poverty and the majority dont fight for higher wages in fear of
deportation, yet a lot of them go hungry because they do not qualify for
any government assistance. Many of the jobs undocumented workers hold
are lower skilled jobs and they are usually victims of wage discrimination,
not being paid at all and many times exploited for their labor. Employers
can get away with exploiting undocumented workers because theyre not
protected by many of the United States working laws.
The working environments that many undocumented workers
endure is harsh. The majority of undocumented workers reside in
California, Texas and Florida. These states supply the United States with
an abundance of produce such as; tomatoes, oranges and grapes. Many

of the undocumented workers that reside in these states are farmworkers


meaning they plant, maintain and harvest crops. Many of the women that
are farmworkers are victims of sexual harassment and sometimes
physical abuse. Some undocumented workers have also been victims of
slavery, being promised work, shelter and food and then having their
wages taken, chained up and sometimes beaten (Rawal, 2014).
Undocumented workers usually work 12 to 14 hour with very little breaks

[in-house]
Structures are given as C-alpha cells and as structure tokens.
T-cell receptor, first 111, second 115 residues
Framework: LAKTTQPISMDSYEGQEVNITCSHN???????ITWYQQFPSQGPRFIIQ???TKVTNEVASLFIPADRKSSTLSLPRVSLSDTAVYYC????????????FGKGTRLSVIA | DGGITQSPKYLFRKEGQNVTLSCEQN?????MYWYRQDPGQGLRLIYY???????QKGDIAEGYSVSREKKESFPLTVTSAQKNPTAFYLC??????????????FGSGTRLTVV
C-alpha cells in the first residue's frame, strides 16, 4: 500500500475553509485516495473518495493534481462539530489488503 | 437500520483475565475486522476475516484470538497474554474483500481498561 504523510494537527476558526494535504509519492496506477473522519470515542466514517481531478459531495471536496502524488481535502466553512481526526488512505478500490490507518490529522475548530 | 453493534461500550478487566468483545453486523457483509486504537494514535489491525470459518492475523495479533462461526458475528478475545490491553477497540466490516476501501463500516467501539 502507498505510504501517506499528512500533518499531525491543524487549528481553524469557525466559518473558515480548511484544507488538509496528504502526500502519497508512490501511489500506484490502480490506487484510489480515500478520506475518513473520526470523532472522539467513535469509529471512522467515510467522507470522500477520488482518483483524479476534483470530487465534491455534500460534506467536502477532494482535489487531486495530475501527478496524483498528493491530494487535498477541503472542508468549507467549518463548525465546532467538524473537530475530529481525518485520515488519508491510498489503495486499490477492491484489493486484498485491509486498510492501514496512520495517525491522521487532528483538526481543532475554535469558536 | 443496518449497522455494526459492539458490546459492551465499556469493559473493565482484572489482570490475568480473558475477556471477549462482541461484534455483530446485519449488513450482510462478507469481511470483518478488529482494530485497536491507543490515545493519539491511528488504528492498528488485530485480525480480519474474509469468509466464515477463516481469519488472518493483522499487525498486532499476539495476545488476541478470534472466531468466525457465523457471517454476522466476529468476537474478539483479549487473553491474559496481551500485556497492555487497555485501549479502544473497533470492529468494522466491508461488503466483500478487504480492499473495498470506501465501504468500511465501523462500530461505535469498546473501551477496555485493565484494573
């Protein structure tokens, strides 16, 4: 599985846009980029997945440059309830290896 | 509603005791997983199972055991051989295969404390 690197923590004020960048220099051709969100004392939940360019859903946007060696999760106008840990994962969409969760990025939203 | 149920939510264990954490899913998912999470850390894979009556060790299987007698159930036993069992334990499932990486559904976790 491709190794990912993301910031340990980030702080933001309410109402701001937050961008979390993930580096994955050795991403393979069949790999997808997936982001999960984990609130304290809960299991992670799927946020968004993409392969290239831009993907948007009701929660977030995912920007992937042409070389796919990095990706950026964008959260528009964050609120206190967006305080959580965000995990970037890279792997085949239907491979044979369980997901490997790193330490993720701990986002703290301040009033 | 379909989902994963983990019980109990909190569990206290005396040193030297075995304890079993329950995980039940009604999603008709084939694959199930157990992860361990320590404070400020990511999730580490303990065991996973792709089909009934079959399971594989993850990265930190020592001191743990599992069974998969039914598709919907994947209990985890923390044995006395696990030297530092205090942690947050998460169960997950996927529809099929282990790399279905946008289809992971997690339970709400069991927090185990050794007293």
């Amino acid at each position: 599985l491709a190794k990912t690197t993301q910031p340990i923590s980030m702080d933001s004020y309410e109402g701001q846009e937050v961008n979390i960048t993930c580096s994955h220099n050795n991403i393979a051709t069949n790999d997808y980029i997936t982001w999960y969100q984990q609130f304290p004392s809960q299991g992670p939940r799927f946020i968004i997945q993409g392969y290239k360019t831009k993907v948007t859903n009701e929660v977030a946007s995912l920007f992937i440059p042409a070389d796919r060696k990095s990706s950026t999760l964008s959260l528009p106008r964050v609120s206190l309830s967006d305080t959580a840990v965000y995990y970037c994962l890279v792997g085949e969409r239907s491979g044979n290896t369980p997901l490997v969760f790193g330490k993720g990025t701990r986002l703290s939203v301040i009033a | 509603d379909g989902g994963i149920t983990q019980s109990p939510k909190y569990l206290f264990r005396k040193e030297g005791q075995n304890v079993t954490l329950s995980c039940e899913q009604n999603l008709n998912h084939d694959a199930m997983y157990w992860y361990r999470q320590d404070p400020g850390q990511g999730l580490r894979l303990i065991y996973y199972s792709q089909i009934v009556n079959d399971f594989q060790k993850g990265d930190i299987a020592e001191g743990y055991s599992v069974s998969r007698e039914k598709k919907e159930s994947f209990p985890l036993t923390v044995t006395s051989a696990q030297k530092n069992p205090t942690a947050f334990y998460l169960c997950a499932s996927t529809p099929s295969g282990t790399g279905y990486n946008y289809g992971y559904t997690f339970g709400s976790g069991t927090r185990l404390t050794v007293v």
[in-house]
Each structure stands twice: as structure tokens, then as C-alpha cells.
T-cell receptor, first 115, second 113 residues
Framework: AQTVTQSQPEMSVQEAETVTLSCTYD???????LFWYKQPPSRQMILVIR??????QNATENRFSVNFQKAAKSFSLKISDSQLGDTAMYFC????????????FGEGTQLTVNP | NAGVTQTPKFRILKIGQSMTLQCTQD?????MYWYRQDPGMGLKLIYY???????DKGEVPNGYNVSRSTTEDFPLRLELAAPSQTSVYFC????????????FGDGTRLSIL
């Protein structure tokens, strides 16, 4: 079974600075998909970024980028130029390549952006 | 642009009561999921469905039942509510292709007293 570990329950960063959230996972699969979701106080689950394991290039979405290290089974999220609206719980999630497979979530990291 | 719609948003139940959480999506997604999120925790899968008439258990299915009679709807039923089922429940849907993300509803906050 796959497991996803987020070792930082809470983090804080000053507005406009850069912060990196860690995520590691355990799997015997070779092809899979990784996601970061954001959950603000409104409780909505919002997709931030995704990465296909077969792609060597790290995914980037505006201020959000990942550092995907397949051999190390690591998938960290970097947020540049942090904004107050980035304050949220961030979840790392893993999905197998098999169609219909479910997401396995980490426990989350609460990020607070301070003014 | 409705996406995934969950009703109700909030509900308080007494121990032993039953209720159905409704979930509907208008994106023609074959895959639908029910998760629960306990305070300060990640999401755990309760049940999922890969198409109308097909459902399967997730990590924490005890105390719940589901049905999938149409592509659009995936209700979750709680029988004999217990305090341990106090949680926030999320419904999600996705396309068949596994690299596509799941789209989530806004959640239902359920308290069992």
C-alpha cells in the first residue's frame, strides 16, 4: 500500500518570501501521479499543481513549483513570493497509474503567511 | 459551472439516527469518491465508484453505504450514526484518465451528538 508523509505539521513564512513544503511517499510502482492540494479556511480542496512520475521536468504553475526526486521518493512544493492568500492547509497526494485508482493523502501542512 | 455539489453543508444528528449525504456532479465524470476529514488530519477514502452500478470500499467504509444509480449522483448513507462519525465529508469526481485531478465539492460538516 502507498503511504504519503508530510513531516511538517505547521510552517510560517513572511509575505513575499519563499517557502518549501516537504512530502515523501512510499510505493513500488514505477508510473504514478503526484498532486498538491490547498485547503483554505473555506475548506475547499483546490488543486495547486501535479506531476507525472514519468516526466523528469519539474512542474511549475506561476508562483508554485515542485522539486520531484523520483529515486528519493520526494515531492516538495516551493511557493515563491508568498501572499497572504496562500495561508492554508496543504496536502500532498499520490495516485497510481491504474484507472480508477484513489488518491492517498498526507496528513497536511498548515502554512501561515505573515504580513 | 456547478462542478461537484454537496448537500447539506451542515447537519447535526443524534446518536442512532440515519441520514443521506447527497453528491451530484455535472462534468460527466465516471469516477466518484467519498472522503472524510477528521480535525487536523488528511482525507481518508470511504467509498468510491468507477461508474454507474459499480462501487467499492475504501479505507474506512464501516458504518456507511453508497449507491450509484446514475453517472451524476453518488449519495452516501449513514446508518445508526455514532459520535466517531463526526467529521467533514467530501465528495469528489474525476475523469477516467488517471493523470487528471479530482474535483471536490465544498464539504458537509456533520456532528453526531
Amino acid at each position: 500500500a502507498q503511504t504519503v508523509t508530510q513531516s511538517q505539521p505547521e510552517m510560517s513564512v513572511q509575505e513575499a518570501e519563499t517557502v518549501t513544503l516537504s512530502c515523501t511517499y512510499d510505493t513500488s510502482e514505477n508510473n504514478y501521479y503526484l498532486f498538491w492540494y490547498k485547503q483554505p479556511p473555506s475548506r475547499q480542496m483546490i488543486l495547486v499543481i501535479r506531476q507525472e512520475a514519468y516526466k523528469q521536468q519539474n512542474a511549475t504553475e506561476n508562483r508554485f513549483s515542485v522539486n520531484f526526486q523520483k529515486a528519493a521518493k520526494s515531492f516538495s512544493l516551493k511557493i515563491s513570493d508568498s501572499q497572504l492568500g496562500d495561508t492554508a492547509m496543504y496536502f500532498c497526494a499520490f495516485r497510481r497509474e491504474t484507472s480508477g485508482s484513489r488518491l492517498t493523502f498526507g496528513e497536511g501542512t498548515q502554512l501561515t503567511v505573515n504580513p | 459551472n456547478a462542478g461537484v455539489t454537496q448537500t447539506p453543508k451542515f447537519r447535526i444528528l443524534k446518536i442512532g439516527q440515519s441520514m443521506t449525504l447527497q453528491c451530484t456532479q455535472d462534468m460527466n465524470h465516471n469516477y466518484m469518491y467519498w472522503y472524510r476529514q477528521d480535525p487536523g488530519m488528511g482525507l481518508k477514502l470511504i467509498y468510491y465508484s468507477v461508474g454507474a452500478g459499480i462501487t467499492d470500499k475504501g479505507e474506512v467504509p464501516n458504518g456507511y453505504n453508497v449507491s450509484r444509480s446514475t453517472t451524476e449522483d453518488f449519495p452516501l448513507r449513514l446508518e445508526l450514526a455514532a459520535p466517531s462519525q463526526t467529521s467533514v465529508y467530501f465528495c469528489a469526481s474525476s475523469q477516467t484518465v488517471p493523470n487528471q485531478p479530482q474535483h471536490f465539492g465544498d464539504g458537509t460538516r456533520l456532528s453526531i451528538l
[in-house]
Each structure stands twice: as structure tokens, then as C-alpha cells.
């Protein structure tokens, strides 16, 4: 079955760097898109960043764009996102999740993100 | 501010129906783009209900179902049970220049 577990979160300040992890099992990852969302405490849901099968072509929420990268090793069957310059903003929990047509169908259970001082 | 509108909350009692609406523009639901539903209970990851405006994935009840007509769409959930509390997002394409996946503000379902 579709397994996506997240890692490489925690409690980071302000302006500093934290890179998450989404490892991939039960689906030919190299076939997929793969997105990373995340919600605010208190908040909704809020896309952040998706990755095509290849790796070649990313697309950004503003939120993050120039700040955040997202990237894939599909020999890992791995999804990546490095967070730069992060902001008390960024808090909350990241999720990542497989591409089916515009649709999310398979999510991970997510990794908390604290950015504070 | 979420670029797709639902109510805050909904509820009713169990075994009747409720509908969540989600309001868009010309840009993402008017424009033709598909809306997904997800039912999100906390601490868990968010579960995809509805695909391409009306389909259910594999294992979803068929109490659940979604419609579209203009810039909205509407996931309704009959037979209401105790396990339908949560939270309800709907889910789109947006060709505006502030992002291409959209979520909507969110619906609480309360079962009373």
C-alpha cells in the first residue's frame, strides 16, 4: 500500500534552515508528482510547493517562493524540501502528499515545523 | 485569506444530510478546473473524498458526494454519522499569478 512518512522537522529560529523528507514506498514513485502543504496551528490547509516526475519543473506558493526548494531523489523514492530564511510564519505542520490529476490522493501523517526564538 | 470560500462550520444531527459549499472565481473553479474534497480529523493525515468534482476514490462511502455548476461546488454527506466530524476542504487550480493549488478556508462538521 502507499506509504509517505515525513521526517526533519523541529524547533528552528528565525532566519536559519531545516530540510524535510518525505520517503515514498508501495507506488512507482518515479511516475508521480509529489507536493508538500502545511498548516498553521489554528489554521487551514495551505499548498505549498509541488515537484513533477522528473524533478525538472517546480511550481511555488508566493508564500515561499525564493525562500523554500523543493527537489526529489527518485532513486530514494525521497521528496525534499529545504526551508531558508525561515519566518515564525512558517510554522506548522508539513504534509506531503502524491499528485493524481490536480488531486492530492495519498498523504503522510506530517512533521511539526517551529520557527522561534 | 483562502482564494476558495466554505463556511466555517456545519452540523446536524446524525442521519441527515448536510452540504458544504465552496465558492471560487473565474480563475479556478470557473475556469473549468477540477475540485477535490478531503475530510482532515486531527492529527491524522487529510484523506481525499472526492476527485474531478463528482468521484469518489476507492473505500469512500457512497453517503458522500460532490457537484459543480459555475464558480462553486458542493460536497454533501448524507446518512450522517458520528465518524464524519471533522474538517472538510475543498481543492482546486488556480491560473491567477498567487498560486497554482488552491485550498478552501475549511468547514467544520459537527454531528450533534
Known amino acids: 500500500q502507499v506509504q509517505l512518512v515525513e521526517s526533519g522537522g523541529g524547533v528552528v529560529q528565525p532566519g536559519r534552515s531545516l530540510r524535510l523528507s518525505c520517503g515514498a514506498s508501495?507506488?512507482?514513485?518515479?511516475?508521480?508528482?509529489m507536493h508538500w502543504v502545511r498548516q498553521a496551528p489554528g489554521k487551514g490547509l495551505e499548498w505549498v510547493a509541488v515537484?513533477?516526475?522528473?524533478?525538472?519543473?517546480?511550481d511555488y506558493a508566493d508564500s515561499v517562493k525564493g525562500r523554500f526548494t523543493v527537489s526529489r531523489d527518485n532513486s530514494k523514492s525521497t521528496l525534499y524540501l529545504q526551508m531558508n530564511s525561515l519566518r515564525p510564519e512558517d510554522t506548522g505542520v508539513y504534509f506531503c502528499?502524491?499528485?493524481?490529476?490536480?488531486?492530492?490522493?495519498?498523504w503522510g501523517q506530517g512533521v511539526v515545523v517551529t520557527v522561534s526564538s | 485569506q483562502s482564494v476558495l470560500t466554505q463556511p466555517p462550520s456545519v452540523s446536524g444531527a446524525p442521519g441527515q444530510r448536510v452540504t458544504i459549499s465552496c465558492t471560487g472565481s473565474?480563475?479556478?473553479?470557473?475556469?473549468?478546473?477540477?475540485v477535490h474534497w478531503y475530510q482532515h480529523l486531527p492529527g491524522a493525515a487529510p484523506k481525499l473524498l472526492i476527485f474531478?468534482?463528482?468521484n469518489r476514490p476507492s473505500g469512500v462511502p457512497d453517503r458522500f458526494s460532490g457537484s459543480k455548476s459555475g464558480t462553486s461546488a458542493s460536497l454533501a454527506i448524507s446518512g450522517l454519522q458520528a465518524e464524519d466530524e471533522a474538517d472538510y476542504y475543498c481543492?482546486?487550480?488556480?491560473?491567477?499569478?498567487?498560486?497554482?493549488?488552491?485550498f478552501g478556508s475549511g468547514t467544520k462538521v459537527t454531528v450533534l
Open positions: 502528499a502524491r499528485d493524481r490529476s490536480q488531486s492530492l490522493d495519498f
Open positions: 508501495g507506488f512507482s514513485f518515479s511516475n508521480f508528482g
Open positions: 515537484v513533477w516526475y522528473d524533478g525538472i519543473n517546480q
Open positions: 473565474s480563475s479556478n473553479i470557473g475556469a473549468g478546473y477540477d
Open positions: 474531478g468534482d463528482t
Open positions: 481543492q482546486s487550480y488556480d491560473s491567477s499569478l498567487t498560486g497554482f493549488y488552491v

throughout the day and make about $50 dollars a day which is about
$3.60 an hour (Rawal, 2014). They make such a little amount because
most undocumented workers that work on farms are paid per pound of
product they pick and many times dont get paid for the full amount they
picked.
Conclusion
Throughout my findings I have come to the conclusion that 1 the
media (watching the news) is not always a good source for information
and 2 that undocumented workers are helping the American economy by
paying into a system they do not qualify for and do not intend to benefit
from. I have also concluded that the American economy would benefit
greatly by making undocumented workers citizens by the added tax
revenue. My findings lead me to the conclusion that undocumented
workers are sometimes exploited for the labor and many times victims of
wage discrimination, harsh working environments and also abuse.
Resolution/Recommendations
From my conclusions I recommend that the United States
government grant citizenship to undocumented workers who have lived in
the United Sates for at least 5 years, have a job and are following state
and federal laws. By doing so I feel that the American economy will grow
due to higher income and payroll tax revenue. I also recommend that

certain workers rights laws protect all human beings working in the
United States. In doing this employers that exploit employees will be held
accountable for their actions.

Works Cited
Batalova, J. Z. (2015, February 26). Frequently Requested Statistics on Immigrants
and Immigration in the United States.
Fairchild, C. (2013, March 22). Granting Undocumented Workers Citizenship Would
Boost Economy by 1.4 Trillion.
Rawal, S. (Director). (2014). Food Chain [Motion Picture].
Santana, M. (2014, November 20). 5 Immigration Myths Debunked.
Smith, Y. (2013, November 27). NAFTA Successfully Undermind Regulations .